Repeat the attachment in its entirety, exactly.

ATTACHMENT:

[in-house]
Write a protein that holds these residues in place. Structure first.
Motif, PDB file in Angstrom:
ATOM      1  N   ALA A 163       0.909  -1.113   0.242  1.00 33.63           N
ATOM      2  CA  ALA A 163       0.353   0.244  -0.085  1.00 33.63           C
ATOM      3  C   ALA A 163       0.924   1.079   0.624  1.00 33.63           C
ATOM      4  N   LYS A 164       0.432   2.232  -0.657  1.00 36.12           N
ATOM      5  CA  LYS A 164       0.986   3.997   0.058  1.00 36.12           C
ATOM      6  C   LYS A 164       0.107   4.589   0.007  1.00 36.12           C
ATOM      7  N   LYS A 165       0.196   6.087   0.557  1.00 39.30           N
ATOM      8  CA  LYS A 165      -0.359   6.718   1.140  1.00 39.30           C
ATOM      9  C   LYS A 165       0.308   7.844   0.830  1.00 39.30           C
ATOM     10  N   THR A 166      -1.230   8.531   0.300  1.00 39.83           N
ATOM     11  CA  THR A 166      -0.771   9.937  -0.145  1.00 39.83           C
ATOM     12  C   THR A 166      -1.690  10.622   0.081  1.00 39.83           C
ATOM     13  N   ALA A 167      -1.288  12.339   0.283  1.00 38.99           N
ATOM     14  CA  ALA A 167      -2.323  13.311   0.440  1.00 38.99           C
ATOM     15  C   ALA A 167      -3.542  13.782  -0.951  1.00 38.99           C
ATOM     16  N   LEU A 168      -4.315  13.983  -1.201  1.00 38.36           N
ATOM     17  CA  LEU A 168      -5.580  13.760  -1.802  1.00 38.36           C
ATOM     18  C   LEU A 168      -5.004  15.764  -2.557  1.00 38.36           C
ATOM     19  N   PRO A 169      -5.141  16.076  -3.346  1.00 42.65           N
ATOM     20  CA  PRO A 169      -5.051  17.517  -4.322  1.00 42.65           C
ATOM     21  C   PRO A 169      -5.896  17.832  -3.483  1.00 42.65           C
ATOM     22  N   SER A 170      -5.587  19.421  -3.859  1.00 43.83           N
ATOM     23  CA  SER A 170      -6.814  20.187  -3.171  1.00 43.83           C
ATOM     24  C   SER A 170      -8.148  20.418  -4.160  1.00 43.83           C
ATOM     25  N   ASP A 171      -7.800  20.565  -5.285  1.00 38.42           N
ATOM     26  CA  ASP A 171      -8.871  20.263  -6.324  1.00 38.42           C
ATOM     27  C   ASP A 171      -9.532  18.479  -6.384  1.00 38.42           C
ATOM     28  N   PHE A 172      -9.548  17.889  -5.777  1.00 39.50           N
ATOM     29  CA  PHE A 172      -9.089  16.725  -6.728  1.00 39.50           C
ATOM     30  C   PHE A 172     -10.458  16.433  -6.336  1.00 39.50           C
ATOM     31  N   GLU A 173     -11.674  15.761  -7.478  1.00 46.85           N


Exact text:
[in-house]
Write a protein that holds these residues in place. Structure first.
Motif, PDB file in Angstrom:
ATOM      1  N   ALA A 163       0.909  -1.113   0.242  1.00 33.63           N
ATOM      2  CA  ALA A 163       0.353   0.244  -0.085  1.00 33.63           C
ATOM      3  C   ALA A 163       0.924   1.079   0.624  1.00 33.63           C
ATOM      4  N   LYS A 164       0.432   2.232  -0.657  1.00 36.12           N
ATOM      5  CA  LYS A 164       0.986   3.997   0.058  1.00 36.12           C
ATOM      6  C   LYS A 164       0.107   4.589   0.007  1.00 36.12           C
ATOM      7  N   LYS A 165       0.196   6.087   0.557  1.00 39.30           N
ATOM      8  CA  LYS A 165      -0.359   6.718   1.140  1.00 39.30           C
ATOM      9  C   LYS A 165       0.308   7.844   0.830  1.00 39.30           C
ATOM     10  N   THR A 166      -1.230   8.531   0.300  1.00 39.83           N
ATOM     11  CA  THR A 166      -0.771   9.937  -0.145  1.00 39.83           C
ATOM     12  C   THR A 166      -1.690  10.622   0.081  1.00 39.83           C
ATOM     13  N   ALA A 167      -1.288  12.339   0.283  1.00 38.99           N
ATOM     14  CA  ALA A 167      -2.323  13.311   0.440  1.00 38.99           C
ATOM     15  C   ALA A 167      -3.542  13.782  -0.951  1.00 38.99           C
ATOM     16  N   LEU A 168      -4.315  13.983  -1.201  1.00 38.36           N
ATOM     17  CA  LEU A 168      -5.580  13.760  -1.802  1.00 38.36           C
ATOM     18  C   LEU A 168      -5.004  15.764  -2.557  1.00 38.36           C
ATOM     19  N   PRO A 169      -5.141  16.076  -3.346  1.00 42.65           N
ATOM     20  CA  PRO A 169      -5.051  17.517  -4.322  1.00 42.65           C
ATOM     21  C   PRO A 169      -5.896  17.832  -3.483  1.00 42.65           C
ATOM     22  N   SER A 170      -5.587  19.421  -3.859  1.00 43.83           N
ATOM     23  CA  SER A 170      -6.814  20.187  -3.171  1.00 43.83           C
ATOM     24  C   SER A 170      -8.148  20.418  -4.160  1.00 43.83           C
ATOM     25  N   ASP A 171      -7.800  20.565  -5.285  1.00 38.42           N
ATOM     26  CA  ASP A 171      -8.871  20.263  -6.324  1.00 38.42           C
ATOM     27  C   ASP A 171      -9.532  18.479  -6.384  1.00 38.42           C
ATOM     28  N   PHE A 172      -9.548  17.889  -5.777  1.00 39.50           N
ATOM     29  CA  PHE A 172      -9.089  16.725  -6.728  1.00 39.50           C
ATOM     30  C   PHE A 172     -10.458  16.433  -6.336  1.00 39.50           C
ATOM     31  N   GLU A 173     -11.674  15.761  -7.478  1.00 46.85           N